From Cliff Asness of AQR, discussing the Shiller PE, also known as CAPE. Interesting third quarter commentary from the fund on market valuation levels. A brief excerpt followed by the full document in scribd:
It’s been a long-time since we’ve discussed this, but since it’s actually the source of some current controversy,1 now seems like a good time to re-examine the valuation of the entire U.S. stock market, and particularly the relevance and meaning of the Shiller P/E, a measure we have favored in the past. Recall that researchers have found that valuation measures have some power to forecast long-horizon (say 10- year) stock market returns. Of course, there is not one unique valuation measure known to be perfect, and most possible choices have their pros and cons. In particular, for many years, researchers and practitioners have made use of the price-toearnings ratio. For every dollar you invest in the S&P 500, how many dollars of earnings do you get (not that an investor actually receives all the earnings)? Now, while the “price” in price-to-earnings is well specified, there is generally no agreement on what to use for earnings. One can use operating or total earnings. One can use forecasted or trailing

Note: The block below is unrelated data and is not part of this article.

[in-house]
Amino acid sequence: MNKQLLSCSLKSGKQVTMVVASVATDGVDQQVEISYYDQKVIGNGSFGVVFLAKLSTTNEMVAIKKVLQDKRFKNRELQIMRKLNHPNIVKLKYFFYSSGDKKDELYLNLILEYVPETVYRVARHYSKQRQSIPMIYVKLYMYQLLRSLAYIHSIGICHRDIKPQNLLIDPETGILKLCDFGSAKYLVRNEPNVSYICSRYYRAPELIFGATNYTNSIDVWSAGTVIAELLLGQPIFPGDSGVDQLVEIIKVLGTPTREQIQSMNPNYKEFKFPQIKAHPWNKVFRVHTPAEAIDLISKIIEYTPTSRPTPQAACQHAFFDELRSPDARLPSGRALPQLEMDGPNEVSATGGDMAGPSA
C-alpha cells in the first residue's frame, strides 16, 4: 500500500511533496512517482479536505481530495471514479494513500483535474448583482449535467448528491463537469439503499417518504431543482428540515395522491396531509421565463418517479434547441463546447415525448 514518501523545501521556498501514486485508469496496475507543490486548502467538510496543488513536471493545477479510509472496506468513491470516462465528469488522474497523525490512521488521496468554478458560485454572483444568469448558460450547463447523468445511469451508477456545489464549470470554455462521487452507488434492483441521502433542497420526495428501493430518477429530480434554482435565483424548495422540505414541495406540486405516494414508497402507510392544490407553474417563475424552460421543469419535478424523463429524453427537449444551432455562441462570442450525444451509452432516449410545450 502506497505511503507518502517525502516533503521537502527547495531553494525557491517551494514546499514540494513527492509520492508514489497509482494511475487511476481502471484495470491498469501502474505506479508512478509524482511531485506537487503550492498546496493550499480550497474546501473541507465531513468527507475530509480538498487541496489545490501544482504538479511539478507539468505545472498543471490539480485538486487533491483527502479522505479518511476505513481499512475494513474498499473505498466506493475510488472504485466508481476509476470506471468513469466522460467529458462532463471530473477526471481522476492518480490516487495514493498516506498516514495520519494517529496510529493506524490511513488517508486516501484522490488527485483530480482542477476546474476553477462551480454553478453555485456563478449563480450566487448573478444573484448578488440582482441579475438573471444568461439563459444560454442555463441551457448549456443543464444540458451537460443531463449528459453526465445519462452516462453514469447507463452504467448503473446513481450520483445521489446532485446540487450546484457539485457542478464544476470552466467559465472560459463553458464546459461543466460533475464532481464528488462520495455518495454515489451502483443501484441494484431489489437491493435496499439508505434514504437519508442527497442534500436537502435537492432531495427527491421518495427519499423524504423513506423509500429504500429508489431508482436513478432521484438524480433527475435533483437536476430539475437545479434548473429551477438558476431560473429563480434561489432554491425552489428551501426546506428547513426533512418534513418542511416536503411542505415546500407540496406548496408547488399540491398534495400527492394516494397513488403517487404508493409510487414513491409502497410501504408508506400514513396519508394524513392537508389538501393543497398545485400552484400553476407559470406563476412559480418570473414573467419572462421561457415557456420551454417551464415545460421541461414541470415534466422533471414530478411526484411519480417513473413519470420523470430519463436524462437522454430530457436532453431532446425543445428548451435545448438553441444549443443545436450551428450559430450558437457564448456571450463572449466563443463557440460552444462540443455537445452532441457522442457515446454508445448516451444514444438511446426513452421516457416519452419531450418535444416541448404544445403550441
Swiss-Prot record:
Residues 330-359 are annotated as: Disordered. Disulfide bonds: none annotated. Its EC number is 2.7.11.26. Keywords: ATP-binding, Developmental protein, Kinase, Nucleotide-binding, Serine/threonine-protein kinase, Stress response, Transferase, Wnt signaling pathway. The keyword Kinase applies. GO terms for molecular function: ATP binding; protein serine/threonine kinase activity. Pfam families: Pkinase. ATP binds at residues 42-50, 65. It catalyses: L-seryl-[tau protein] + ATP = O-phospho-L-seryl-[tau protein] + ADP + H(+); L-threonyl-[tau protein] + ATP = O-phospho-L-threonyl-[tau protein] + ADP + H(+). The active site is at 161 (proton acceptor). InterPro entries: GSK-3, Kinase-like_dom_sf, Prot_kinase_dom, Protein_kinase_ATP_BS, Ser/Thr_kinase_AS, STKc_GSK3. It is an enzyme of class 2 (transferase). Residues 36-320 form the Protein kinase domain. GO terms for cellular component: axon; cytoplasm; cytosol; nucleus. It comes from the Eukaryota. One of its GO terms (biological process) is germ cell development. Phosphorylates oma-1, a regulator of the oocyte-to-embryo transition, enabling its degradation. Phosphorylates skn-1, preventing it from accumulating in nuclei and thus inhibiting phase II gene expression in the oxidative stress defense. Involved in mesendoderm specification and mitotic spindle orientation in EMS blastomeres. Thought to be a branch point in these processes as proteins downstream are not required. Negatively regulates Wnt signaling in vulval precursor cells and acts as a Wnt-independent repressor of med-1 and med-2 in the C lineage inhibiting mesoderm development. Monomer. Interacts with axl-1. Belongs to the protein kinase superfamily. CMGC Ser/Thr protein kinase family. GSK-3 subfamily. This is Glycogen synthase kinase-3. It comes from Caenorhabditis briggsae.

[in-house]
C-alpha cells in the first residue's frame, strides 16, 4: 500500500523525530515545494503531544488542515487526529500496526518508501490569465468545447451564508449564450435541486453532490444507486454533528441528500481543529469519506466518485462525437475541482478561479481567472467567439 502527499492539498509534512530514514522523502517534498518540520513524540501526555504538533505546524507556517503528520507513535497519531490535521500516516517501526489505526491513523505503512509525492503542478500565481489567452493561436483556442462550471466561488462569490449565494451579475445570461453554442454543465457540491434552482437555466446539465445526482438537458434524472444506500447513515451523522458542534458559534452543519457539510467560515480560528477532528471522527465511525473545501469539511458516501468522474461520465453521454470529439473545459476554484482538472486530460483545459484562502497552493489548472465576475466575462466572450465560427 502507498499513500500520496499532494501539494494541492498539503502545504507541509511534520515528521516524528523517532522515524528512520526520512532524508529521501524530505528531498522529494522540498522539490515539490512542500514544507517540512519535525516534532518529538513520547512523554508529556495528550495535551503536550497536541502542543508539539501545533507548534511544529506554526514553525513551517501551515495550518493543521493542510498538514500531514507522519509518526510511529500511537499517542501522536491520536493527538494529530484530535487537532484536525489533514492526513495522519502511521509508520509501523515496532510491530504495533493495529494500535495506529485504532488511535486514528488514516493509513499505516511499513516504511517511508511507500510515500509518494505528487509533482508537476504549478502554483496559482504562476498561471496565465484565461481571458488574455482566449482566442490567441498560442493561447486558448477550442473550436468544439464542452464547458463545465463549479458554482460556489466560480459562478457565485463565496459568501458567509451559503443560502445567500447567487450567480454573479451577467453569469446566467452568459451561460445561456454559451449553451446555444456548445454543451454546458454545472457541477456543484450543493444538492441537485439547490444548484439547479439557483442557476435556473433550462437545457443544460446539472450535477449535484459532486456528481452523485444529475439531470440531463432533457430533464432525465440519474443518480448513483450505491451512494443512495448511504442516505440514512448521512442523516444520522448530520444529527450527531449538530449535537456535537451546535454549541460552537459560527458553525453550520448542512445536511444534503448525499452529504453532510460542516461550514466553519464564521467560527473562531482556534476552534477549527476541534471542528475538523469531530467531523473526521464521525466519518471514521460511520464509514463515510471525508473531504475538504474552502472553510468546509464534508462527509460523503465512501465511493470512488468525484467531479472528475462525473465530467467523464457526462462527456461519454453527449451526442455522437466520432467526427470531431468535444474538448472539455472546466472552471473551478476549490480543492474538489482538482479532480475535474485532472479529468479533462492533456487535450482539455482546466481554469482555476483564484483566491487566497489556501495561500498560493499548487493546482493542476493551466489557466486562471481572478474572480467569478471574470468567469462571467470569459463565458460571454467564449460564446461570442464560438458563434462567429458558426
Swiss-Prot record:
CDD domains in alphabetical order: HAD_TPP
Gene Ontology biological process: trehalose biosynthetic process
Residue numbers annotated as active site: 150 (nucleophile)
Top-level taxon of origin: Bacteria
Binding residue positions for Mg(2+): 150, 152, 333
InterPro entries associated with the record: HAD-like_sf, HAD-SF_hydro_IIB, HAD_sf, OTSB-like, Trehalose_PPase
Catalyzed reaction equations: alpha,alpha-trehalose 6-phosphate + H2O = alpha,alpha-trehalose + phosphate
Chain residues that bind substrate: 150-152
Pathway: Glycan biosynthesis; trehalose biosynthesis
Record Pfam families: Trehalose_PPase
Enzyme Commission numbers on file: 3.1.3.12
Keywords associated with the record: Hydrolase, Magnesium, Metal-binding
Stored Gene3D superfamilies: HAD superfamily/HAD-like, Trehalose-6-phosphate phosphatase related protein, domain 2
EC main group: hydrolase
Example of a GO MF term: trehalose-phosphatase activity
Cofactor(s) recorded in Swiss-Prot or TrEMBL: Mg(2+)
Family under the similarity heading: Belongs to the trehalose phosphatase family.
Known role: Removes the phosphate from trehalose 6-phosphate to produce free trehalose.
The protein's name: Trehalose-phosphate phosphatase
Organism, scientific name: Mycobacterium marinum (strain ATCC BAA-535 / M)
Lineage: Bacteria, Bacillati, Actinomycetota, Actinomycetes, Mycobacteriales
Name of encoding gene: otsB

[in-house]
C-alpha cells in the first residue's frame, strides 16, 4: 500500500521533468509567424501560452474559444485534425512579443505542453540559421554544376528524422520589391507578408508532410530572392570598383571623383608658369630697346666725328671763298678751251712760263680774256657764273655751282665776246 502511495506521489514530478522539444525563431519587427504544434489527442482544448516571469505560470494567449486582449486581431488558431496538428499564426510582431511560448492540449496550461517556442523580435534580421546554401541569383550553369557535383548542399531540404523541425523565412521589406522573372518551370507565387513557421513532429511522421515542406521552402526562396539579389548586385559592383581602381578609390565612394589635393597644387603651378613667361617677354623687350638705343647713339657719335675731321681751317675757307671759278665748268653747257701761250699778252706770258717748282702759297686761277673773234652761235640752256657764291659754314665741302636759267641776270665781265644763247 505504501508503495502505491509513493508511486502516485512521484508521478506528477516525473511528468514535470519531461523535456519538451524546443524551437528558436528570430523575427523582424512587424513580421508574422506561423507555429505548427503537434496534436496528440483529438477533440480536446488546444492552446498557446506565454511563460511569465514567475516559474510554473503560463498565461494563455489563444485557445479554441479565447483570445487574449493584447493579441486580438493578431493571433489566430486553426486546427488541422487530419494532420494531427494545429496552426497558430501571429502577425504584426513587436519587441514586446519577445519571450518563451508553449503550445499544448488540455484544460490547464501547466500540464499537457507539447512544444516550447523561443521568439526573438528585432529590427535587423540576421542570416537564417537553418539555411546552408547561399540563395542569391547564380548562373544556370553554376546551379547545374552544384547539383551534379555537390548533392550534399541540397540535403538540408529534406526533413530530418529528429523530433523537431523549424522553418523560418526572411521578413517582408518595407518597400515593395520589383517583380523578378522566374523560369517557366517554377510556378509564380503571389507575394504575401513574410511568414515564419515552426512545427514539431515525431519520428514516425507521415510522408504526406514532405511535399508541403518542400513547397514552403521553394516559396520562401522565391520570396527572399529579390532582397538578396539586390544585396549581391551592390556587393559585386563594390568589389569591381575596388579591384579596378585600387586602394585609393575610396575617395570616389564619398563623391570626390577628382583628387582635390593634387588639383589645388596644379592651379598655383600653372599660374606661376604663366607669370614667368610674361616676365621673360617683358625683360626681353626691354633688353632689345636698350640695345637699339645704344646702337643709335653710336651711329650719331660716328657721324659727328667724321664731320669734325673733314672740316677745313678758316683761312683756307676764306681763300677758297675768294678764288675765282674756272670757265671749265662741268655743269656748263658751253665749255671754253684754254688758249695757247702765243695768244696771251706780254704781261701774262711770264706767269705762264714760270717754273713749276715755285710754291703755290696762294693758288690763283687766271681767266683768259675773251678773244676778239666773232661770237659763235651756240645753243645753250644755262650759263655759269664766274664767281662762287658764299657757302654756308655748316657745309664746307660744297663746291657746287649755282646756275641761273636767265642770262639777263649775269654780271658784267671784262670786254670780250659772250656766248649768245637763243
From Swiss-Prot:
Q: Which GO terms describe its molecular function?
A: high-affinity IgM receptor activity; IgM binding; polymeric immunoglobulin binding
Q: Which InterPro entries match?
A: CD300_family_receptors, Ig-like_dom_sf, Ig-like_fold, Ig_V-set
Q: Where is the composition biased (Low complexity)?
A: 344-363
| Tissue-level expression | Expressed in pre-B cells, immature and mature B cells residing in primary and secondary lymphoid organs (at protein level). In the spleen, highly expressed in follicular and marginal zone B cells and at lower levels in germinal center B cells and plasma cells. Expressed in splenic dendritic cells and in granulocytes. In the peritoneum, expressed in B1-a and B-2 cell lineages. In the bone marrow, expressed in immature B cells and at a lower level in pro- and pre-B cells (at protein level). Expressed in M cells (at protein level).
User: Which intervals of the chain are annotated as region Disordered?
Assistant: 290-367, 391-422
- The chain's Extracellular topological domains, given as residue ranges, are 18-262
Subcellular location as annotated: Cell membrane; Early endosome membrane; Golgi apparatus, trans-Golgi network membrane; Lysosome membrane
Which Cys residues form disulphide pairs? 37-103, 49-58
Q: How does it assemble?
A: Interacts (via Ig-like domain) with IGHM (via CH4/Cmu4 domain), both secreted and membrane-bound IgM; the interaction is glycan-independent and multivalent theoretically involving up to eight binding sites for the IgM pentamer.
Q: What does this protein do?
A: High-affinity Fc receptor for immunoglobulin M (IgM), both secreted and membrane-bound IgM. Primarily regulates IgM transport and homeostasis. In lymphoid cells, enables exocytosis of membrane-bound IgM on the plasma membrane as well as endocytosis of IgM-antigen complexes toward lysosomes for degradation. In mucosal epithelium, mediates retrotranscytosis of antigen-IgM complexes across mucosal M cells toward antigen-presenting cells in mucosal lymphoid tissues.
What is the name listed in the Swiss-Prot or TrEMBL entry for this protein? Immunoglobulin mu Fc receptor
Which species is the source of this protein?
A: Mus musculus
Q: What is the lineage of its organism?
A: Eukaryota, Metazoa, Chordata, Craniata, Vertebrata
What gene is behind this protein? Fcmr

earnings. One can use last quarter, last year, or even longer to measure earnings. Many other adjustments and methods are possible.
Value Partners Asia ex-Japan Equity Fund has delivered a 60.7% return since its inception three years ago. In comparison, the MSCI All Counties Asia (ex-Japan) index has returned just 34% over the same period. The fund, which targets what it calls the best-in-class companies in "growth-like" areas of the market, such as information technology and Read More